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Old 05-16-2012, 01:21 PM   #93
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Quote:
Originally Posted by AnAngrySquirrel
Wow you are really helpful I was trying to write out konnichiwa in Hiragana, but I couldn't find the symbol for chi on the app I was using so I tried in Katakana instead. Now that I've checked again, I see it straight away in the Hiragana section though

If I did use わ (wa) instead of は (ha), would that make the word different?


Thanks, man. Let me know if you need any other help. It's not like I know much either, but I'll try to help to the best of my abilities.

Most people would understand if you used わ instead of は, but like I said, it's a rule, and you have to follow it. Keep in mind that the wa-ha transformation only applies if wa is being used as a marker to something, for example: "watashi wa AnAngrySquirrel desu", which shall be written as "watashi ha AnAngrySquirrel desu" [notice how the "wa" in "watashi" doesn't change to "ha"]. Suppose you want to write something like watashi or wasabi in Hiragana, you have to use the regular wa.

Also, on the subject of casually greeting people, lots of young Japanese people also say things like "yo" or "yahoo" [I know it's strange to say "yahoo" to someone as a greeting, but some girls do say this, lol; it's actually more of a yah-haw sound, kinda hard to pin it without using phonetics] to say hallo to someone, so you can use those terms too. Since they're loanwords, you're expected to write them in Katakana, but no one will mind if you write them in Hiragana, so feel free to use either one.
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Last edited by hriday_hazarika : 05-16-2012 at 01:30 PM.
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Old 05-16-2012, 01:23 PM   #94
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Oh, I get it, you're trying to streamline all the traffic through your little busuu reference link even if it's at the cost of impeding the learning of the fine members of the pit. Don't think you'll get away with this; you may be able to silence me but sooner or later the truth will come out and the people will revolt.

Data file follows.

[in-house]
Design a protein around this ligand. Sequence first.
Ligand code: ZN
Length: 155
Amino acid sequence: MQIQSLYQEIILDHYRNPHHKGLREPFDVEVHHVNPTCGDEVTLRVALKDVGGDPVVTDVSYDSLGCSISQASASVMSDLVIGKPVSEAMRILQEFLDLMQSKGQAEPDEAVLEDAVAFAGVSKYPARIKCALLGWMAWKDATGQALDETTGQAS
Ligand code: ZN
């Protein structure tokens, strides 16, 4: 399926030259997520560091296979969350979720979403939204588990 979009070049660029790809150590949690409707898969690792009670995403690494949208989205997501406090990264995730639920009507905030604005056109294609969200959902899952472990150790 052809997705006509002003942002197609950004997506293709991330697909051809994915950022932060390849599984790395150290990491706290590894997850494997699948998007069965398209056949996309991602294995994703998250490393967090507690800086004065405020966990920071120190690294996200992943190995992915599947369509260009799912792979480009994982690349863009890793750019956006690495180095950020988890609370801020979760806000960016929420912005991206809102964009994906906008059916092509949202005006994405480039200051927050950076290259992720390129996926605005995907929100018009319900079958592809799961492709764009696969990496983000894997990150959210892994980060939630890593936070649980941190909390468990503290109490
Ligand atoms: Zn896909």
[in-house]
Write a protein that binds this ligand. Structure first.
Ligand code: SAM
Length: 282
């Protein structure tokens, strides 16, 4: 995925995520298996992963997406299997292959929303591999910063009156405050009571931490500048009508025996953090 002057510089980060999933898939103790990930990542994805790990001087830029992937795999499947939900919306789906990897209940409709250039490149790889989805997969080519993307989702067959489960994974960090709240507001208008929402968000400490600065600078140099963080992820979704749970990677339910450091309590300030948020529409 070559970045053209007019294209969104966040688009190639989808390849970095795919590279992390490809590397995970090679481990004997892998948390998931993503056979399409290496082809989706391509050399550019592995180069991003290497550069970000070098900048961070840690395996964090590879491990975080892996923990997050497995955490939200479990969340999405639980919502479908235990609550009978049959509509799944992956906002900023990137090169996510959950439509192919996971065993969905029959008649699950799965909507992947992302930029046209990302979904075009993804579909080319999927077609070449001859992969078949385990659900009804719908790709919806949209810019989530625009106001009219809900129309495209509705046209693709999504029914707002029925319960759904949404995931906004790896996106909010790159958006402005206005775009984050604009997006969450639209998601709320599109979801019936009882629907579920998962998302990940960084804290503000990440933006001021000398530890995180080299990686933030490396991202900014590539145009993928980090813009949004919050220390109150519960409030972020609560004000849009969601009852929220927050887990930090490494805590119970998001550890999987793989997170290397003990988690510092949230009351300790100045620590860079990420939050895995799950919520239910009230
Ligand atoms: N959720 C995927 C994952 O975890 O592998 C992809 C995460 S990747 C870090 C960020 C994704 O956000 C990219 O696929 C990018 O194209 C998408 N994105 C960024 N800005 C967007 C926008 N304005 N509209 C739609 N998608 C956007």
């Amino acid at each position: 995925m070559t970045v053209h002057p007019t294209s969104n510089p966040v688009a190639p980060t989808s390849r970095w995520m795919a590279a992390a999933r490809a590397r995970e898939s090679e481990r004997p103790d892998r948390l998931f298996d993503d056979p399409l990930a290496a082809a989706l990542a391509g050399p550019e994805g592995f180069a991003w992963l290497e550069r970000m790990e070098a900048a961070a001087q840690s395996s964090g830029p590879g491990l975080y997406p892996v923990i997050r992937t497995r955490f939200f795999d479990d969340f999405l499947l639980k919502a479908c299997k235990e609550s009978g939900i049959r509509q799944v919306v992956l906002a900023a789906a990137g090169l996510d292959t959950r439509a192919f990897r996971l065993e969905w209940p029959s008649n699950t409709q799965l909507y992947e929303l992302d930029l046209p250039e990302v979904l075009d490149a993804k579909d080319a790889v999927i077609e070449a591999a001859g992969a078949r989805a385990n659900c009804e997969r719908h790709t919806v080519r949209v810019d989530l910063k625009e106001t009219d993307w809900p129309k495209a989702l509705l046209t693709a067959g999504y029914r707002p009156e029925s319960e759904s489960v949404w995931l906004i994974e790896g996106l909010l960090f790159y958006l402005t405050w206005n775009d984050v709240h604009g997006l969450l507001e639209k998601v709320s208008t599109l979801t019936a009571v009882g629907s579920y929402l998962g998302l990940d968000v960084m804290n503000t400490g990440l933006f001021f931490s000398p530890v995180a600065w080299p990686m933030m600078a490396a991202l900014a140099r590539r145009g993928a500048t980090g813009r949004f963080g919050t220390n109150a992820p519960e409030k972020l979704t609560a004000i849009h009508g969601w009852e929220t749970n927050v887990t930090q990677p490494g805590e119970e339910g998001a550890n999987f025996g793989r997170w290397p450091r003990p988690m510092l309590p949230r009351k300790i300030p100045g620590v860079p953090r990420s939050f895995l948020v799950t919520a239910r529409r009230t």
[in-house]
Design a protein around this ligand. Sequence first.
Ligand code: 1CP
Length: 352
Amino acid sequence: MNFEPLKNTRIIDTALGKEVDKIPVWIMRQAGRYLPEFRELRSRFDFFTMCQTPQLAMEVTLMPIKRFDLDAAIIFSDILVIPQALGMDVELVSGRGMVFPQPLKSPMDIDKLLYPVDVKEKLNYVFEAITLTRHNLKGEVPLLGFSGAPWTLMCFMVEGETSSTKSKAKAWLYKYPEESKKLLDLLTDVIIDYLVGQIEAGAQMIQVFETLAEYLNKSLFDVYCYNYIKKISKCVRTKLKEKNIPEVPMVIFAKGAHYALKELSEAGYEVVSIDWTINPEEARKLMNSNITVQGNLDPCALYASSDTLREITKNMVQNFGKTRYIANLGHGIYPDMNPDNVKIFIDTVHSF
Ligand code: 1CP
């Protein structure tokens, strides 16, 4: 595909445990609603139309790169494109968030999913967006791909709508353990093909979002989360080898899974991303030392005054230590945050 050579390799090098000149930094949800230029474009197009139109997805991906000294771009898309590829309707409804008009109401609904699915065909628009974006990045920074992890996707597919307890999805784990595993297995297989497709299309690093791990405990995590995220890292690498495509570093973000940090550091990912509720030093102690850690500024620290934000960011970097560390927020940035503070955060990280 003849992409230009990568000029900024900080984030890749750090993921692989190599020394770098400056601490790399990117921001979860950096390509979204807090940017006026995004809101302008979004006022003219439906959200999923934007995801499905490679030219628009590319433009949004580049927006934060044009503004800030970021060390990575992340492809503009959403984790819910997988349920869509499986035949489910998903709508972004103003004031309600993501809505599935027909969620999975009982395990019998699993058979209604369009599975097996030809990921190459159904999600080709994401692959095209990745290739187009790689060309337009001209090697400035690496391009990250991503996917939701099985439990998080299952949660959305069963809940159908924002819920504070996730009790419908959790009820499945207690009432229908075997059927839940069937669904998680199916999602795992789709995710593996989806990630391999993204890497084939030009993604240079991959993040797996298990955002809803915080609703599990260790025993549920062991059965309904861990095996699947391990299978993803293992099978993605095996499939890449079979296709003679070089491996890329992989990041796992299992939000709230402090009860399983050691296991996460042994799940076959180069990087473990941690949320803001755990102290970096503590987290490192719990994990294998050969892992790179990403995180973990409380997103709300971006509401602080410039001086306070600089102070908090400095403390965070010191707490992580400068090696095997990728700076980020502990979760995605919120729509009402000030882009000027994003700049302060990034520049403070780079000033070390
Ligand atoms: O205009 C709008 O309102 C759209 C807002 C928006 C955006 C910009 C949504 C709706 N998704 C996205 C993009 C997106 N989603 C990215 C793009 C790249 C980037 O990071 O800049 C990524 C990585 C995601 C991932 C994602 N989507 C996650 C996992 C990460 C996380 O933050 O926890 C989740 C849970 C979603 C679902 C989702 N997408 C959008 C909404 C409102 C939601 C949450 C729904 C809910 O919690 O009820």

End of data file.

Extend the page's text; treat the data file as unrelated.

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Old 05-16-2012, 01:24 PM   #95
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Old 05-16-2012, 01:27 PM   #96
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I'm intermediate in French and Italian I guess...
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Old 05-16-2012, 01:31 PM   #97
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Spanish is my native

I'd say I'm Intermediate in English since I can read and write but my spoken English is shit.

I've been wanting to learn either German, Italian or Portuguese, but the last two seem to be the easiest and most accessible and useful for me right now.

Edit: Also I remember using this site a while ago to try and learn Italian but gave up too quickly, but it seems like a nice site.

http://www.livemocha.com/
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Old 05-16-2012, 01:32 PM   #98
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Quote:
Originally Posted by hriday_hazarika


Thanks, man. Let me know if you need any other help. It's not like I know much either, but I'll try to help to the best of my abilities.

Most people would understand if you used わ instead of は, but like I said, it's a rule, and you have to follow it. Keep in mind that the wa-ha transformation only applies if wa is being used as a marker to something, for example: "watashi wa AnAngrySquirrel desu", which shall be written as "watashi ha AnAngrySquirrel desu" [notice how the "wa" in "watashi" doesn't change to "ha"]. Suppose you want to write something like watashi or wasabi in Hiragana, you have to use the regular wa.

Also, on the subject of casually greeting people, lots of young Japanese people also say things like "yo" or "yahoo" [I know it's strange to say "yahoo" to someone as a greeting, but some girls do say this, lol; it's actually more of a yah-haw sound, kinda hard to pin it without using phonetics] to say hallo to someone, so you can use those terms too. Since they're loanwords, you're expected to write them in Katakana, but no one will mind if you write them in Hiragana, so feel free to use either one.

Right, that makes sense. Thanks a lot
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Old 05-16-2012, 02:16 PM   #99
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Old 05-16-2012, 02:19 PM   #100